National chough survey to help with conservation of rare bird seen on Donegal coasts   

Heightened interest in birds during lockdown and pandemic in Donegal

National chough survey to help with conservation of rare bird seen on Donegal coasts   

The red-billed chough is one of our most charismatic birds but one which is probably most familiar to those living along rugged Donegal coastline.

And now a national assessment is taking place of these birds at a time when Donegal people have taken an even more keen interest in birds and nature in general as a result of lockdowns and restricted movement because of the Covid-19 pandemic. 

The chough is a scarce bird associated with coastal fringes from Donegal to Wexford.

Fewer than 850 breeding pairs along our coastline from Inishowen in Donegal to the Saltees in Wexford – they are very much a bird associated with western Atlantic coastal grasslands.

A member of the crow family, choughs are true invertebrate specialists with a striking and delicate decurved red bill (and matching red legs) designed to probe the top layer of short coastal grasses for insects – liking leatherjackets, spiders and, where they can get them the insects associated with cow pats.

To a young Chough a cow pat is like a burger! Choughs are totally harmless to livestock and farming activities and are an amazing character of our coastal skies.

Because of their dependence on short-cropped coastal grasslands such as clifftops, grazed cliffs, dunes and exposed islands, the extensively managed and relatively mild Irish coastline provides good feeding opportunities throughout the year and good nesting opportunities on our cliffs.

Agricultural improvement has led to Chough declines – a century ago they used to occur all around the Irish coastline, including the ‘soft’ eastern coastline from Wicklow to Antrim – they have been extinct in most coastal counties there for more than 100 years and the last remaining pair in Northern Ireland – on the cliffs of Rathlin Island in Antrim – disappeared in 2017.

Bird experts need to periodically take stock of the population, to know how they are faring, and to use this information to inform their continued conservation. Holding nearly 60% of the Northwest European population we have a legal obligation to do so.

From April to July 2021 KRC Ecological and ALC Nature will be running a national survey of these birds on behalf of National Parks & Wildlife Service all around the Irish coastline.

Aside from having the distinctive red legs and red decurved bill, chough have a buoyant, butterfly-like flight and profile (a little different from other crows), shiny black plumage and a distinctive high pitched ‘cheouw’ call.

Dr Sinéad Cummins, the scientist in NPWS Science Biodiversity Section leading the project said “we are very pleased to be undertaking a national assessment of these characterful birds this year. The data gathered is very important to ensure that Ireland can meet its international obligations to protect and enhance the small and precious population of Chough around the Atlantic coastline of Ireland.”

In some areas Chough nest inland, away from the coast on inland cliffs, in farm buildings, bridges and abandoned houses. The Survey team would be very keen to hear about any observations people may have of these birds, especially relating to birds nesting in areas away from the coast.

Observations can be reported at, email or call the 089 278 5603.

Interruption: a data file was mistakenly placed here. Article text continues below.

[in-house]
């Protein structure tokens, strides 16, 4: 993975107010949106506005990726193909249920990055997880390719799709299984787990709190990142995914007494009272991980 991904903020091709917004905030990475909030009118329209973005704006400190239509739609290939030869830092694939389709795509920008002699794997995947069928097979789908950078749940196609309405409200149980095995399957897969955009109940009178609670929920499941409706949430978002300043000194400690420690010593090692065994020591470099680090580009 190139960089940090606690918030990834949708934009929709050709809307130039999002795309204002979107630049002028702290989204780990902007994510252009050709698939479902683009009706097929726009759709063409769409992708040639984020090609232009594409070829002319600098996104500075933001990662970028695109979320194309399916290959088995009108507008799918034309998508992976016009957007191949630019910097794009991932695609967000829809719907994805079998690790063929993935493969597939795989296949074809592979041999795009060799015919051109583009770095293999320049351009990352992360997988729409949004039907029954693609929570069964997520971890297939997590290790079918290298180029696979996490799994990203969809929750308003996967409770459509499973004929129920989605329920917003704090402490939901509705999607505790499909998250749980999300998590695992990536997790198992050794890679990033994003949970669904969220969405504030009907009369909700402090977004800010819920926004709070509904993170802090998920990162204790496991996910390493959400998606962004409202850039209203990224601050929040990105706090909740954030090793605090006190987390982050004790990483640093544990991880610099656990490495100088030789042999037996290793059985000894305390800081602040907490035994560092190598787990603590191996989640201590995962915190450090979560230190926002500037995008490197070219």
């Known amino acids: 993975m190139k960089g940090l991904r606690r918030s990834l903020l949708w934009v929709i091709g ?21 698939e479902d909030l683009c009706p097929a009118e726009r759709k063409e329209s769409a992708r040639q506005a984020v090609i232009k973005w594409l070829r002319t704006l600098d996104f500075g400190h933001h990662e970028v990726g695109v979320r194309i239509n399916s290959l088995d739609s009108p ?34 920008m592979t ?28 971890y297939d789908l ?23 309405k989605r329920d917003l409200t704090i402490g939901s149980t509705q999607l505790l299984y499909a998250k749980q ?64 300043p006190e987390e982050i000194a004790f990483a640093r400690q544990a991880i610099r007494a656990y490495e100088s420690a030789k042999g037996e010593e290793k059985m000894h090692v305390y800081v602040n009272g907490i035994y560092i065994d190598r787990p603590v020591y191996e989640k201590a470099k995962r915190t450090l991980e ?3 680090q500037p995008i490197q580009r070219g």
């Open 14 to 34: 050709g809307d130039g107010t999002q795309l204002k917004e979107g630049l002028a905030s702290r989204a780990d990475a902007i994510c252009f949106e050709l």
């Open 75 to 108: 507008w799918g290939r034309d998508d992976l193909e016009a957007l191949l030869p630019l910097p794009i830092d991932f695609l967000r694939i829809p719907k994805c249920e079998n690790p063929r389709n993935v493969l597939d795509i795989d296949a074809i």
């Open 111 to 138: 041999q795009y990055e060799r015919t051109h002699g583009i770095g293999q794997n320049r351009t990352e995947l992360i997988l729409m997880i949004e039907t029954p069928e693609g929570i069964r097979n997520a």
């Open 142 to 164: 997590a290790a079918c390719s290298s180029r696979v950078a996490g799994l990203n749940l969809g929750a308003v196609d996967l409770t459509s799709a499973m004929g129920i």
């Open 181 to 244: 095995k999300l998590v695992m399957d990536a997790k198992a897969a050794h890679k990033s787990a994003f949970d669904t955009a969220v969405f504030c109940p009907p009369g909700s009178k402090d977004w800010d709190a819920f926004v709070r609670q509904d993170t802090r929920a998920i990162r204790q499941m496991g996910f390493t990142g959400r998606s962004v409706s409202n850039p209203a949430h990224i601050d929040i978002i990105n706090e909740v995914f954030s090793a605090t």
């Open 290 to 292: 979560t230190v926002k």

The last national survey of Chough recorded 840 breeding pairs and a further 760 non-breeding birds around the coastline in 2002-3. Now, some nineteen years later, National Parks & Wildlife Service have commissioned KRC and ALC Nature ecologists to undertake this survey between April and July 2021.

During that time NPWS regional staff, together with professional surveyors and volunteers, will cover the many thousands of kilometres of coastal cliffs, dunes and islands to count breeding and non-breeding Chough.

Choughs were formerly widespread along the entire coastlines of Britain and Ireland and are now confined largely to the less agriculturally improved western coastal of both islands. The main Scottish population is on the island of Islay is the nearest to Ireland – here numbers have dropped dramatically in recent years and there are genuine concerns that the population may go extinct.

This is primarily due to mortality of young birds during their first few months; this critical period from leaving the nest in June/July until October are the toughest for young Chough and they struggle to find enough insect food to be able to survive through to and over the harsher winter.

Almost twenty years since the last full national survey, this is a very important monitoring project to understand how the population are doing regionally and nationally.

There have been many changes in farming in the intervening period, Birds Directive Special Protection Areas have been designated for Chough all around the coastline and, regrettably, we know that Chough are extinct from Northern Ireland.

Without disturbing birds, professional surveyors and NPWS conservation staff will identify locations of breeding chough on coastal and inland sites between Inishowen in the NE of Donegal and the Saltee Islands off Wexford, surveying sections of coastline and offshore islands twice between early April and mid-June.

There is some evidence that Chough in some areas are making use of manmade structures for nesting – adapting to the shelter and cover provided under bridges, farm shed roofs and the like. We are keen to document these records and are appealing to the public for information which would be otherwise be very hard to collect.

Further information on this project is available by emailing

A special webpage for members of the public to submit their sightings of Chough can be found here

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